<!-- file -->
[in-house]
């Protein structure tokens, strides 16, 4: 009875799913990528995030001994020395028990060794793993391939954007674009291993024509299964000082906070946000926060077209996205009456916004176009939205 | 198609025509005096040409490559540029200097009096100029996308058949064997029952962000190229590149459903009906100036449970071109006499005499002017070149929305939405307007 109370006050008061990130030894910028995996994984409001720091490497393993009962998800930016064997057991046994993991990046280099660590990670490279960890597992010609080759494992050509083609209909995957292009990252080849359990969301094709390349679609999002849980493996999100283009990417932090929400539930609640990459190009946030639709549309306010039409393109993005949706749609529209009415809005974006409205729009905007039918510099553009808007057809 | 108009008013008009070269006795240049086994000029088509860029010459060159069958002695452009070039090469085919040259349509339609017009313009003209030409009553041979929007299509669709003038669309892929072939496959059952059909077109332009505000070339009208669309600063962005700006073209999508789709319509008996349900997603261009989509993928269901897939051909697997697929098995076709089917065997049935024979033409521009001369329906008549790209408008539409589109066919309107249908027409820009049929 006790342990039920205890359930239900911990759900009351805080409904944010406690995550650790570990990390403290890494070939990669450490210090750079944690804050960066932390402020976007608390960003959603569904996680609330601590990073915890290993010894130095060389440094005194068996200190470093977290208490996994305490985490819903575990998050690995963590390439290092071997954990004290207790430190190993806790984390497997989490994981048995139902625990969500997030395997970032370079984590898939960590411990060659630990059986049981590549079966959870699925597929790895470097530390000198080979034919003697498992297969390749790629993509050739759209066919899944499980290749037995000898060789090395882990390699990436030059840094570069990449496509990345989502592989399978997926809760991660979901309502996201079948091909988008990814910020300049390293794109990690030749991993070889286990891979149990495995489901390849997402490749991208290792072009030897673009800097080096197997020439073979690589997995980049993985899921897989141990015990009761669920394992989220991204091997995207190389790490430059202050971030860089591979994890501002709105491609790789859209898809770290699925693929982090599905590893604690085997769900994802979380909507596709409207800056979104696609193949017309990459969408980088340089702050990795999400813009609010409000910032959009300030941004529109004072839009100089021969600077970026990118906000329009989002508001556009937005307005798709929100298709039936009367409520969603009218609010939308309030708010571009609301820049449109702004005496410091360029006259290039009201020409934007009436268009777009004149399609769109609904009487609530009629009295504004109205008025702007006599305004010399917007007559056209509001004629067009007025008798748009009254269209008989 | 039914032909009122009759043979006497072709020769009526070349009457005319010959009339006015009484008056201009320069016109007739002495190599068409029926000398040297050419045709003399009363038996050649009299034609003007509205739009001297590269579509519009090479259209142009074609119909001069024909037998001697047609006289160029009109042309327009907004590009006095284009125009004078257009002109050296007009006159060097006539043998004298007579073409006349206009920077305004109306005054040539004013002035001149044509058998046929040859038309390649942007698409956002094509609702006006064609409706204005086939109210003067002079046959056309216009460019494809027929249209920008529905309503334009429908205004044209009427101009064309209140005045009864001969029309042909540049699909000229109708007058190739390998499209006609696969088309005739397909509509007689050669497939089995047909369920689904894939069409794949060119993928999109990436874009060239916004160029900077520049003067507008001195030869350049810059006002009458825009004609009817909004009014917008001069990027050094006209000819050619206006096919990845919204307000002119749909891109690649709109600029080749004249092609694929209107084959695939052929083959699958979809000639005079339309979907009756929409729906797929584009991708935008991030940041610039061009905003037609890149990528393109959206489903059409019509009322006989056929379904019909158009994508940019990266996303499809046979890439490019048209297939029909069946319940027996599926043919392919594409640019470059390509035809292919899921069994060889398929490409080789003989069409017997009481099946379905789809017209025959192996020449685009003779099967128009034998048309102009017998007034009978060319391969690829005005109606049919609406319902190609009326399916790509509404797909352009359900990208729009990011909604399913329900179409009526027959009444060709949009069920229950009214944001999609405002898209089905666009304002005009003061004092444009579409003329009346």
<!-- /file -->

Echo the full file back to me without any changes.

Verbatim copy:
[in-house]
């Protein structure tokens, strides 16, 4: 009875799913990528995030001994020395028990060794793993391939954007674009291993024509299964000082906070946000926060077209996205009456916004176009939205 | 198609025509005096040409490559540029200097009096100029996308058949064997029952962000190229590149459903009906100036449970071109006499005499002017070149929305939405307007 109370006050008061990130030894910028995996994984409001720091490497393993009962998800930016064997057991046994993991990046280099660590990670490279960890597992010609080759494992050509083609209909995957292009990252080849359990969301094709390349679609999002849980493996999100283009990417932090929400539930609640990459190009946030639709549309306010039409393109993005949706749609529209009415809005974006409205729009905007039918510099553009808007057809 | 108009008013008009070269006795240049086994000029088509860029010459060159069958002695452009070039090469085919040259349509339609017009313009003209030409009553041979929007299509669709003038669309892929072939496959059952059909077109332009505000070339009208669309600063962005700006073209999508789709319509008996349900997603261009989509993928269901897939051909697997697929098995076709089917065997049935024979033409521009001369329906008549790209408008539409589109066919309107249908027409820009049929 006790342990039920205890359930239900911990759900009351805080409904944010406690995550650790570990990390403290890494070939990669450490210090750079944690804050960066932390402020976007608390960003959603569904996680609330601590990073915890290993010894130095060389440094005194068996200190470093977290208490996994305490985490819903575990998050690995963590390439290092071997954990004290207790430190190993806790984390497997989490994981048995139902625990969500997030395997970032370079984590898939960590411990060659630990059986049981590549079966959870699925597929790895470097530390000198080979034919003697498992297969390749790629993509050739759209066919899944499980290749037995000898060789090395882990390699990436030059840094570069990449496509990345989502592989399978997926809760991660979901309502996201079948091909988008990814910020300049390293794109990690030749991993070889286990891979149990495995489901390849997402490749991208290792072009030897673009800097080096197997020439073979690589997995980049993985899921897989141990015990009761669920394992989220991204091997995207190389790490430059202050971030860089591979994890501002709105491609790789859209898809770290699925693929982090599905590893604690085997769900994802979380909507596709409207800056979104696609193949017309990459969408980088340089702050990795999400813009609010409000910032959009300030941004529109004072839009100089021969600077970026990118906000329009989002508001556009937005307005798709929100298709039936009367409520969603009218609010939308309030708010571009609301820049449109702004005496410091360029006259290039009201020409934007009436268009777009004149399609769109609904009487609530009629009295504004109205008025702007006599305004010399917007007559056209509001004629067009007025008798748009009254269209008989 | 039914032909009122009759043979006497072709020769009526070349009457005319010959009339006015009484008056201009320069016109007739002495190599068409029926000398040297050419045709003399009363038996050649009299034609003007509205739009001297590269579509519009090479259209142009074609119909001069024909037998001697047609006289160029009109042309327009907004590009006095284009125009004078257009002109050296007009006159060097006539043998004298007579073409006349206009920077305004109306005054040539004013002035001149044509058998046929040859038309390649942007698409956002094509609702006006064609409706204005086939109210003067002079046959056309216009460019494809027929249209920008529905309503334009429908205004044209009427101009064309209140005045009864001969029309042909540049699909000229109708007058190739390998499209006609696969088309005739397909509509007689050669497939089995047909369920689904894939069409794949060119993928999109990436874009060239916004160029900077520049003067507008001195030869350049810059006002009458825009004609009817909004009014917008001069990027050094006209000819050619206006096919990845919204307000002119749909891109690649709109600029080749004249092609694929209107084959695939052929083959699958979809000639005079339309979907009756929409729906797929584009991708935008991030940041610039061009905003037609890149990528393109959206489903059409019509009322006989056929379904019909158009994508940019990266996303499809046979890439490019048209297939029909069946319940027996599926043919392919594409640019470059390509035809292919899921069994060889398929490409080789003989069409017997009481099946379905789809017209025959192996020449685009003779099967128009034998048309102009017998007034009978060319391969690829005005109606049919609406319902190609009326399916790509509404797909352009359900990208729009990011909604399913329900179409009526027959009444060709949009069920229950009214944001999609405002898209089905666009304002005009003061004092444009579409003329009346």